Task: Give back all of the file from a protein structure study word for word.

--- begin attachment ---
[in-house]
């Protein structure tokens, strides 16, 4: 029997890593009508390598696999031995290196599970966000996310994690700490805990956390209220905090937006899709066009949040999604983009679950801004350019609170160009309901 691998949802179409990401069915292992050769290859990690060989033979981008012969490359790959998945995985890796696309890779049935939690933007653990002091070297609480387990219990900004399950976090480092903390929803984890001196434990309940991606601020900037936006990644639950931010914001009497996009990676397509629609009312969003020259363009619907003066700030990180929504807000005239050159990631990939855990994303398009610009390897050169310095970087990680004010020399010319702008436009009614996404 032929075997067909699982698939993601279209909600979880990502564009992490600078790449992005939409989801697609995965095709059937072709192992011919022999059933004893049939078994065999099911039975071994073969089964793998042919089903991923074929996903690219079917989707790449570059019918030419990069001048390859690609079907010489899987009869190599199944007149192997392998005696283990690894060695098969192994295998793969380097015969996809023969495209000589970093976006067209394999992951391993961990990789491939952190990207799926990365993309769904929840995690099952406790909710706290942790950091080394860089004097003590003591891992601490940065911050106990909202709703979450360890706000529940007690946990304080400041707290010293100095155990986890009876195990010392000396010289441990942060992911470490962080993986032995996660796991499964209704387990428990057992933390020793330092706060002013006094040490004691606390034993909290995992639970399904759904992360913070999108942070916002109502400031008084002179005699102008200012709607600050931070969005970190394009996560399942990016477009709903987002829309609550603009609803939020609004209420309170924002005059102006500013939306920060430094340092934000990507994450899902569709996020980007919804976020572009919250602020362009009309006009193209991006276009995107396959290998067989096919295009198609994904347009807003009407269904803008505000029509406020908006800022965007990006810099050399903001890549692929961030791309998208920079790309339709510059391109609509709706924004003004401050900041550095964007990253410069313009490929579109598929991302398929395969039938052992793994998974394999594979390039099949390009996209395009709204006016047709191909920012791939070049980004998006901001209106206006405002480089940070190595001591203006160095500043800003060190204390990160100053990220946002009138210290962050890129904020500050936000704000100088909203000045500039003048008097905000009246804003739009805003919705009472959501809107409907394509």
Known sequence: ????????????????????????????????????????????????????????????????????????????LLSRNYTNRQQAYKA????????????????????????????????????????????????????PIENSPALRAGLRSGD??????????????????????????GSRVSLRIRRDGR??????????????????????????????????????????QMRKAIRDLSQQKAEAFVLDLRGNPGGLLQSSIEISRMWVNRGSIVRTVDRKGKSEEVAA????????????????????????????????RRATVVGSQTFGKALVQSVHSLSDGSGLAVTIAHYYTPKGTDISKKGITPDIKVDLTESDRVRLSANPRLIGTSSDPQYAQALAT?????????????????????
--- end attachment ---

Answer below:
[in-house]
């Protein structure tokens, strides 16, 4: 029997890593009508390598696999031995290196599970966000996310994690700490805990956390209220905090937006899709066009949040999604983009679950801004350019609170160009309901 691998949802179409990401069915292992050769290859990690060989033979981008012969490359790959998945995985890796696309890779049935939690933007653990002091070297609480387990219990900004399950976090480092903390929803984890001196434990309940991606601020900037936006990644639950931010914001009497996009990676397509629609009312969003020259363009619907003066700030990180929504807000005239050159990631990939855990994303398009610009390897050169310095970087990680004010020399010319702008436009009614996404 032929075997067909699982698939993601279209909600979880990502564009992490600078790449992005939409989801697609995965095709059937072709192992011919022999059933004893049939078994065999099911039975071994073969089964793998042919089903991923074929996903690219079917989707790449570059019918030419990069001048390859690609079907010489899987009869190599199944007149192997392998005696283990690894060695098969192994295998793969380097015969996809023969495209000589970093976006067209394999992951391993961990990789491939952190990207799926990365993309769904929840995690099952406790909710706290942790950091080394860089004097003590003591891992601490940065911050106990909202709703979450360890706000529940007690946990304080400041707290010293100095155990986890009876195990010392000396010289441990942060992911470490962080993986032995996660796991499964209704387990428990057992933390020793330092706060002013006094040490004691606390034993909290995992639970399904759904992360913070999108942070916002109502400031008084002179005699102008200012709607600050931070969005970190394009996560399942990016477009709903987002829309609550603009609803939020609004209420309170924002005059102006500013939306920060430094340092934000990507994450899902569709996020980007919804976020572009919250602020362009009309006009193209991006276009995107396959290998067989096919295009198609994904347009807003009407269904803008505000029509406020908006800022965007990006810099050399903001890549692929961030791309998208920079790309339709510059391109609509709706924004003004401050900041550095964007990253410069313009490929579109598929991302398929395969039938052992793994998974394999594979390039099949390009996209395009709204006016047709191909920012791939070049980004998006901001209106206006405002480089940070190595001591203006160095500043800003060190204390990160100053990220946002009138210290962050890129904020500050936000704000100088909203000045500039003048008097905000009246804003739009805003919705009472959501809107409907394509």
Known sequence: ????????????????????????????????????????????????????????????????????????????LLSRNYTNRQQAYKA????????????????????????????????????????????????????PIENSPALRAGLRSGD??????????????????????????GSRVSLRIRRDGR??????????????????????????????????????????QMRKAIRDLSQQKAEAFVLDLRGNPGGLLQSSIEISRMWVNRGSIVRTVDRKGKSEEVAA????????????????????????????????RRATVVGSQTFGKALVQSVHSLSDGSGLAVTIAHYYTPKGTDISKKGITPDIKVDLTESDRVRLSANPRLIGTSSDPQYAQALAT?????????????????????